The conversation surrounding analytics in the NBA (and any sport, really) is very polarizing, with two sides often shouting past each other and missing the nuance required when it comes to discussing it. Analytics are something brought up a lot when it comes to the Bulls these days, because they have a star player in DeMar DeRozan who seemingly bucks analytics by doing the majority of his work in the mid-range area (most mid-range attempts in the NBA). Bill Wennington has made it a point on basically every recent TV broadcast to bring it up.
I like Wennington, but there does not have to be some referendum on analytics every single game when talking about DeRozan, especially when some of the criticism is off-base. It’s true that analytics have resulted in more 3-pointers and fewer mid-range shots overall in the NBA, with defenses generally being more comfortable allowing mid-range shots. Because of this, a lot of people associate analytics with the notion that 3-pointers are good and mid-range shots are bad for offenses.
But you know what analytics actually say about DeMar DeRozan? That a DeMar DeRozan mid-range shot is a good shot because he’s just so damn proficient at them, and it’s not like teams are just letting him fire away wide-open looks from there.
After shooting 9-of-15 on mid-range 2s in another masterful performance in a win over the Hawks, DeRozan is 117-of-239 on those shots this season. He’s also 64-of-125 on non-restricted area 2-pointers in the paint. That means he’s basically just under 50% on non-RA 2s:
When looking at half-court offense, per Cleaning The Glass, league average is 93.4 points per 100 plays. The Bulls are at 96.7 points per 100 plays, which is seventh in the NBA. Doing the simple math, DeRozan is at 0.98 points per shot from mid-range and at nearly a point per shot on non-RA 2s. Then there are the times he gets to the foul line when he’s trying mid-range attempts. He’s still extremely good at baiting defenders in that area, and the new rules haven’t affected him at all.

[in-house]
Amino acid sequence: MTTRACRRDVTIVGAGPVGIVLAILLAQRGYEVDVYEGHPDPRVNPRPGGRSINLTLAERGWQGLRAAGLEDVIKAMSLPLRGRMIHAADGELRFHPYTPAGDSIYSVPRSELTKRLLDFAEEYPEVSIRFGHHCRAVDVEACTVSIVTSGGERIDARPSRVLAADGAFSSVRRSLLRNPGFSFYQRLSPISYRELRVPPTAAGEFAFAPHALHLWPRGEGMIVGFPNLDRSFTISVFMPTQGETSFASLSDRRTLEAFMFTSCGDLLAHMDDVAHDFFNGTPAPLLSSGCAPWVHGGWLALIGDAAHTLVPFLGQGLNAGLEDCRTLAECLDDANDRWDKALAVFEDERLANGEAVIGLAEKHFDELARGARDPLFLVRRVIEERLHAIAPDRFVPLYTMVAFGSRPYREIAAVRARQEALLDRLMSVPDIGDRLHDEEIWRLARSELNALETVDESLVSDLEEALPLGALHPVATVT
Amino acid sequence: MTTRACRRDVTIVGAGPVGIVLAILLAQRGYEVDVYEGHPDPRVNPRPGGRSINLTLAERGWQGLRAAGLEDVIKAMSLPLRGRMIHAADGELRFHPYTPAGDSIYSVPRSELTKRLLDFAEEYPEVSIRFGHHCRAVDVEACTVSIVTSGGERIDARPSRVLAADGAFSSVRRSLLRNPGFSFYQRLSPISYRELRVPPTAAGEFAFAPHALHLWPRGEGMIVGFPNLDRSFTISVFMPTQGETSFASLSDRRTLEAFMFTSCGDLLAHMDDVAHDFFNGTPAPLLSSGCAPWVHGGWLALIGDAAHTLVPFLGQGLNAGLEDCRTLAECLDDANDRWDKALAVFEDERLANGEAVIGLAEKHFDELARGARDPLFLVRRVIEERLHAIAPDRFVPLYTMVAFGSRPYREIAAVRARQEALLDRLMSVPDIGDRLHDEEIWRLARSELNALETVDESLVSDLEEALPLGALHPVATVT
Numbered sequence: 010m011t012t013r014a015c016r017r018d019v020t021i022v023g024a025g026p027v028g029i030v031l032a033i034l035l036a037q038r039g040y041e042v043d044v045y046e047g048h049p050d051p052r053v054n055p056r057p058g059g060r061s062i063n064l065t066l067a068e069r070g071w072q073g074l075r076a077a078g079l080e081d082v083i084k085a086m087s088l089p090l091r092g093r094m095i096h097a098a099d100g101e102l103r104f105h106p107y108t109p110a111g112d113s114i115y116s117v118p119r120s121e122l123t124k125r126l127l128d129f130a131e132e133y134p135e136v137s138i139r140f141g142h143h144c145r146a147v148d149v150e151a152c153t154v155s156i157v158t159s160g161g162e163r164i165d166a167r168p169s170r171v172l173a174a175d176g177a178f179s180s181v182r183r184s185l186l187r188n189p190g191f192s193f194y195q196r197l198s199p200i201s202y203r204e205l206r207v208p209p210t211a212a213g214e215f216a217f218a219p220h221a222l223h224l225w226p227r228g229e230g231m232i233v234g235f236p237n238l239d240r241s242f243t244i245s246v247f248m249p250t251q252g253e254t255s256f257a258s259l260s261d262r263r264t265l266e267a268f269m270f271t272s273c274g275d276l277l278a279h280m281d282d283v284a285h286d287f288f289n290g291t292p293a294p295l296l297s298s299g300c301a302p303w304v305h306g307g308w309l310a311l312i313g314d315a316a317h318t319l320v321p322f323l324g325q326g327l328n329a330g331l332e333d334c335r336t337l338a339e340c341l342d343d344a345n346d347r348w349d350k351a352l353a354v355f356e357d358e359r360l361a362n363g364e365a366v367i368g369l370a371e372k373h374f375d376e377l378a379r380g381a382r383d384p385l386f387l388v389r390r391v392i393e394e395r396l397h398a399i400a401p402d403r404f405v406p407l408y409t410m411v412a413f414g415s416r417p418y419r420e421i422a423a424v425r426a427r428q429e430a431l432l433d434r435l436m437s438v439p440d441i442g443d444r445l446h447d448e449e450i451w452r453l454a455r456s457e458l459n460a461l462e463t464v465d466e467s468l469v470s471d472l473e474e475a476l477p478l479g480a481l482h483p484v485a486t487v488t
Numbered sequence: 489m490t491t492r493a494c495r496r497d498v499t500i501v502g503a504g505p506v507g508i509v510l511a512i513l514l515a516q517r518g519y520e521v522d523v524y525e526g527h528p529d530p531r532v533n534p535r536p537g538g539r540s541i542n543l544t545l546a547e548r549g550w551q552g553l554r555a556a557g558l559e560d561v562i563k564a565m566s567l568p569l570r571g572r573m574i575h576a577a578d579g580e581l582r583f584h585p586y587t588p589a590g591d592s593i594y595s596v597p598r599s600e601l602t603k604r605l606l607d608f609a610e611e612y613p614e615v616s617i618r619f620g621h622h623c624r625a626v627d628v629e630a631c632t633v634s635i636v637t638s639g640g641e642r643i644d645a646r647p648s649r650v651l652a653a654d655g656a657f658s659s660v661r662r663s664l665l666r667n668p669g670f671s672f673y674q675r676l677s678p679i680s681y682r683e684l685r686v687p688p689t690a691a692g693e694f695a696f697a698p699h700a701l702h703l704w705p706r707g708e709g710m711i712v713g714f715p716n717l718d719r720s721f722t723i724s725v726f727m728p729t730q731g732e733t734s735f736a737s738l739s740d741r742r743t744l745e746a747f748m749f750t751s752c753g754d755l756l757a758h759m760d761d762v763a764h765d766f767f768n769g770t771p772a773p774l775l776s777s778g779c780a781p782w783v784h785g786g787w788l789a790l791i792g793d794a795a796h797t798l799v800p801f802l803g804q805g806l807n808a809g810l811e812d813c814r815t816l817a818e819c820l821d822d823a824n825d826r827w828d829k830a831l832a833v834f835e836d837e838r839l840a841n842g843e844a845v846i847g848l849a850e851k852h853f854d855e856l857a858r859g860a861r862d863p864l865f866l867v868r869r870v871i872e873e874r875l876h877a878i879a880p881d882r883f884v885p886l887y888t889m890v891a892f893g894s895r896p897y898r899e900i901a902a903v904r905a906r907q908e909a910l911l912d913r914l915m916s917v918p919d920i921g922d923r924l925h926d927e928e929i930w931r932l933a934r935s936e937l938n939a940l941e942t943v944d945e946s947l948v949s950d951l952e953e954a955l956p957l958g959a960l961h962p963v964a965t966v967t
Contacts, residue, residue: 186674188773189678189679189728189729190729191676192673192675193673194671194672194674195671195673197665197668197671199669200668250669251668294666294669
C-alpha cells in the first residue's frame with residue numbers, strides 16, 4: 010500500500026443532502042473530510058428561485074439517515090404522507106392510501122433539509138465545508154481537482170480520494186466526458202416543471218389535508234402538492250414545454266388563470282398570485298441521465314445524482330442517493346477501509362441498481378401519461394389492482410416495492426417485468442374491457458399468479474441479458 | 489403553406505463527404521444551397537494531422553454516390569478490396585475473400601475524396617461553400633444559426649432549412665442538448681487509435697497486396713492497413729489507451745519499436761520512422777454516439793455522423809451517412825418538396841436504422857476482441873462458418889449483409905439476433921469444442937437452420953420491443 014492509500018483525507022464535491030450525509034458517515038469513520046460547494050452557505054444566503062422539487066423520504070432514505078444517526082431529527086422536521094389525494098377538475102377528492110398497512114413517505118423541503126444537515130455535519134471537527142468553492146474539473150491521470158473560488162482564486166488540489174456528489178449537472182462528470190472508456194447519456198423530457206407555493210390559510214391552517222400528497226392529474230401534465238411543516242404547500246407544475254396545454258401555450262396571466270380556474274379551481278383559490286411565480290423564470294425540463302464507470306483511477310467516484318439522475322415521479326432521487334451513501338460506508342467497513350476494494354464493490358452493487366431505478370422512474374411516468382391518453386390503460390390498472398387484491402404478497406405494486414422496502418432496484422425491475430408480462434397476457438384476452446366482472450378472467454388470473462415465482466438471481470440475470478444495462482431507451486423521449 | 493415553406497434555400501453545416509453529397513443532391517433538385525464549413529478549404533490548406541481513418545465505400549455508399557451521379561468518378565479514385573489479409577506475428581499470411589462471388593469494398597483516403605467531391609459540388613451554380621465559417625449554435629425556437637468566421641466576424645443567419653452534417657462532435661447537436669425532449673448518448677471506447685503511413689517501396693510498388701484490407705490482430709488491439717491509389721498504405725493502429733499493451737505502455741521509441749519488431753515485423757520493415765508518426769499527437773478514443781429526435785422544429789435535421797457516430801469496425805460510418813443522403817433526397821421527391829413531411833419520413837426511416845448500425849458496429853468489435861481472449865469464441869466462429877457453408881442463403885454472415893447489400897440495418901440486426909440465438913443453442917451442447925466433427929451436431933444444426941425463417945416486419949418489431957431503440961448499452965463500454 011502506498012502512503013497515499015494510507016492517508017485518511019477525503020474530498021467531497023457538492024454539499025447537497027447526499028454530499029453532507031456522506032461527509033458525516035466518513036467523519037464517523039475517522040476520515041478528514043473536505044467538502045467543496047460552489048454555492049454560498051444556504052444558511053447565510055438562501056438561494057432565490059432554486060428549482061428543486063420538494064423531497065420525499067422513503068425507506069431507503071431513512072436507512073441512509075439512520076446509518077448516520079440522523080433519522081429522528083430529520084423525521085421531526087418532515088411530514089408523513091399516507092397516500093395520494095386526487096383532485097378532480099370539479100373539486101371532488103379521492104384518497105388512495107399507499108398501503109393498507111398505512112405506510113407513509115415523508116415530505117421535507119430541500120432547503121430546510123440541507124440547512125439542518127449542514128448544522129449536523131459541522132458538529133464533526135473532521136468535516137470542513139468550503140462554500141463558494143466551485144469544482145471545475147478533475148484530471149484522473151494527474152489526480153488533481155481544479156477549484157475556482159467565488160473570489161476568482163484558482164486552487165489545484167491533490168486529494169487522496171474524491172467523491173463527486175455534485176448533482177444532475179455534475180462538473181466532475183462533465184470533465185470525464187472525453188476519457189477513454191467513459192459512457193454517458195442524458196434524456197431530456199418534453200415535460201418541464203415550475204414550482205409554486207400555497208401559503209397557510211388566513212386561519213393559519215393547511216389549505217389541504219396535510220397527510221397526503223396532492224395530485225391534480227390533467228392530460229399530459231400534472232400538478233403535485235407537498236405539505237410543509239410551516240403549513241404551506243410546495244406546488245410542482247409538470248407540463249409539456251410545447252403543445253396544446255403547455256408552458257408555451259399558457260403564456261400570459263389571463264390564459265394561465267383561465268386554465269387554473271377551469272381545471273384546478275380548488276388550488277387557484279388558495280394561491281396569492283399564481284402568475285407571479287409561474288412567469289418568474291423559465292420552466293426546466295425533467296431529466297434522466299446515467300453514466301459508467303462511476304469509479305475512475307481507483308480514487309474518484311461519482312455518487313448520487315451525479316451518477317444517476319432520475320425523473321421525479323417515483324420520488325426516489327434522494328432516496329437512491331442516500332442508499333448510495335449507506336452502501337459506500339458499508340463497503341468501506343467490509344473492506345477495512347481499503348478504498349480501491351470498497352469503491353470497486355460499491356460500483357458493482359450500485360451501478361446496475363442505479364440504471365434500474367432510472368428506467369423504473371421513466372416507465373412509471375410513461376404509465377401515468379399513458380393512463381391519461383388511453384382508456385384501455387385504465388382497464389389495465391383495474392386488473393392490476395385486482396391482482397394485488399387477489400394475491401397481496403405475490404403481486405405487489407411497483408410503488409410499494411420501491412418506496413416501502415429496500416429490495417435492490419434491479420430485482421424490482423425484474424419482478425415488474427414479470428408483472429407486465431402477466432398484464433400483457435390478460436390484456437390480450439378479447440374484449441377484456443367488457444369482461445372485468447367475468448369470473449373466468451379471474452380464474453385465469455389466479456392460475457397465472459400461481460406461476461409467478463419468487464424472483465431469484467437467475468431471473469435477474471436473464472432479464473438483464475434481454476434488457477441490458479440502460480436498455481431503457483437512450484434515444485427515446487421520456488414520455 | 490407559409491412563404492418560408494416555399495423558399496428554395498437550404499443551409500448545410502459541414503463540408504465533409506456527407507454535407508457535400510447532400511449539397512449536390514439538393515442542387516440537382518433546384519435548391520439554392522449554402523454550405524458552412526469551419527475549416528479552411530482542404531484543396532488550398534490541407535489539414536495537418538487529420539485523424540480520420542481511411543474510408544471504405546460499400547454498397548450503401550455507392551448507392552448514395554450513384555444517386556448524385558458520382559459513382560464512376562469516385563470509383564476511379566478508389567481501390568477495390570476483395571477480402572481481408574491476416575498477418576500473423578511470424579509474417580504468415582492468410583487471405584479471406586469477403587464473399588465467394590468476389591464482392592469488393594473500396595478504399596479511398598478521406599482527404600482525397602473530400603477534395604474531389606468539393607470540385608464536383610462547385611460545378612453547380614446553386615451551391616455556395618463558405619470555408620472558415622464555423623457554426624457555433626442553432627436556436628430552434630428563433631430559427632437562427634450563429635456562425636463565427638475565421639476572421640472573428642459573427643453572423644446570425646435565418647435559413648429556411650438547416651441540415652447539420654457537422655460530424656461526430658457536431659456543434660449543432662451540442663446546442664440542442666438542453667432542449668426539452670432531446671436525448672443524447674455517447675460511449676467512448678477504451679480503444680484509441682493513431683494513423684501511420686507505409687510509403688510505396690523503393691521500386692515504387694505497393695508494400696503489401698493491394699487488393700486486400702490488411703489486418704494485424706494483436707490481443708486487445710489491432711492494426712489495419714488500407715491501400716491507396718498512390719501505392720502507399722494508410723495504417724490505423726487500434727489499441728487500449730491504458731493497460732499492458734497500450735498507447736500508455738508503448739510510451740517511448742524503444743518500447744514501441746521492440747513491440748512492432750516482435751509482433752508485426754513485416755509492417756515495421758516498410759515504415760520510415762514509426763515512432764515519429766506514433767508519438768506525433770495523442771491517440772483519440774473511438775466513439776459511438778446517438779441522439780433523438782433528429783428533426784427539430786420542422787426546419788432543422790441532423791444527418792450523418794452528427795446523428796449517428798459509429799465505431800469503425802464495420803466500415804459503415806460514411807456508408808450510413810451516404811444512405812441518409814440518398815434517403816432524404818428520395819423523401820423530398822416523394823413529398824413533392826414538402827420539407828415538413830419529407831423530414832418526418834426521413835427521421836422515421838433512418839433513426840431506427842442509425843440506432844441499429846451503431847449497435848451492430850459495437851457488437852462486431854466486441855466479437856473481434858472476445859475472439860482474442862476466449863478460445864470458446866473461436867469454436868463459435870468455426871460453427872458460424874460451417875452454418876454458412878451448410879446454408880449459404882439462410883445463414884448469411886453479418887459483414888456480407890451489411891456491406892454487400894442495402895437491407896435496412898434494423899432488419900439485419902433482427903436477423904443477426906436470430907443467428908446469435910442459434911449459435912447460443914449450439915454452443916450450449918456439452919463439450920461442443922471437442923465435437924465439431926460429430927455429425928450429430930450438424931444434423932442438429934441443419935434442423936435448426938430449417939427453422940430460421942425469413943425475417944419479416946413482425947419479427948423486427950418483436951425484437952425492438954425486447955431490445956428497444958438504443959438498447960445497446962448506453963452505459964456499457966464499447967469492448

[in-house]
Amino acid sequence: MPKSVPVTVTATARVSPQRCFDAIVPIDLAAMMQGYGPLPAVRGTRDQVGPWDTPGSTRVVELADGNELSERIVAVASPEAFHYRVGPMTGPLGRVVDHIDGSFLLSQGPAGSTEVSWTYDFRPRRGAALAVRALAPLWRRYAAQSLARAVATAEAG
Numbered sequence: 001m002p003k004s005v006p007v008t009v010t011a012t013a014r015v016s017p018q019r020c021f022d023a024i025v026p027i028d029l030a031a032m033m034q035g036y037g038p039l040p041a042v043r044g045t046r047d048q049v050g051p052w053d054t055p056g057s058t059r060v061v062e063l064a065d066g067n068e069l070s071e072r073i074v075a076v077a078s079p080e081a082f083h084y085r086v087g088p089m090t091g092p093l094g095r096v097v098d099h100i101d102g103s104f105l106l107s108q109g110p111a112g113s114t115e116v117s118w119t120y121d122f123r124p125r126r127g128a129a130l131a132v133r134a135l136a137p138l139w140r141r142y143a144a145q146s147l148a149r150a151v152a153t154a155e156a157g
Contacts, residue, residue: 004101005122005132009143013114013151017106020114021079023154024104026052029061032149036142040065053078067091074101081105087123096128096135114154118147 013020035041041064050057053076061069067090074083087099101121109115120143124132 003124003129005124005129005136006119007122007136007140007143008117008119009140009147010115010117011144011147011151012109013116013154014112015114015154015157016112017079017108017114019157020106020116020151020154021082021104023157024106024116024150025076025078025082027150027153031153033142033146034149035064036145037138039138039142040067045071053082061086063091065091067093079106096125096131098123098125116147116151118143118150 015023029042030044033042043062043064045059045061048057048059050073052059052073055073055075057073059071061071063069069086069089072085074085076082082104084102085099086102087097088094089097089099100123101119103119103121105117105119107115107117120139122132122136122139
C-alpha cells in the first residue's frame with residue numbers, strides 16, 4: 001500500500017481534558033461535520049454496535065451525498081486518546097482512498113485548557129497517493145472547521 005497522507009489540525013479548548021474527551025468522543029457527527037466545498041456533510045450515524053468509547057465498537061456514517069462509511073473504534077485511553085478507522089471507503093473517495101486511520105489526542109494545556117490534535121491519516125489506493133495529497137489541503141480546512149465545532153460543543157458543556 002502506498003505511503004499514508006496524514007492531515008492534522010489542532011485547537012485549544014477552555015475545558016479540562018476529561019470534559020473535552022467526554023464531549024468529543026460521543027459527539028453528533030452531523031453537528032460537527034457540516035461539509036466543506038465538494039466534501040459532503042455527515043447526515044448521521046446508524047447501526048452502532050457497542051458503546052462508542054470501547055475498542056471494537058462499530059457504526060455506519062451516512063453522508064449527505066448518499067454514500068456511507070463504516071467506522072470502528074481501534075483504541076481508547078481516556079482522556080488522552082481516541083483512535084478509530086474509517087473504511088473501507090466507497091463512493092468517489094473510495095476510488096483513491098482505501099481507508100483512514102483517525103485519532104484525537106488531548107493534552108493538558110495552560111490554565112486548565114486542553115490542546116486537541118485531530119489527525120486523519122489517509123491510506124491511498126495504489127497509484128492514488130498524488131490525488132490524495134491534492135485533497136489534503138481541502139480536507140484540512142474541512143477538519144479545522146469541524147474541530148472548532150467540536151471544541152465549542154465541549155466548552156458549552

Furthermore, DeRozan is shooting 50.7% on 10.5 2-pointers per game against tight defense (2-4 feet closest defender), per NBA.com. He’s at 56.1% on 5.0 open attempts per game (4-6 feet). His success rate is 51.9% against tight defense on 2-pointers 10 greater than 10 feet, and he’s taking 6.7 of those per game. He’s at 53.3% on 4.3 open shots of this type per game. The dude just hits a variety of very difficult shots because he’s able to get to his spots and is comfortable taking them against any kind of defense. And all the analytics say these are good shots to take based on how he’s shooting.
Perhaps DeRozan cools down a bit at some point, but at this point it’s hard to see him dropping off too much. He has mastered his craft on these shots, though it’s also nice to see him hitting 36.5% from 3 on a couple attempts per game. Mixing in a few triples when the time calls for it along with that mid-range diet is a good thing. All of this is how you get a true shooting percentage near 60% on high usage, which is awesome.
When it comes down to it, it’s annoying to hear the same tired analytics discussion come up when discussing DeRozan. The bottom line has always been that elite bucket-getters are absolutely fine taking mid-range shots (Zach LaVine is similar), which is especially important come playoff time, but guys who can’t hit those kinds of shots on a regular basis should look to take more 3s instead of long 2s. I hope we can get to a point where that kind of nuance is more regularly discussed instead of trotting out the normal talking points against analytics.
And now, here’s some DDR and Kevin Durant mid-range mastery: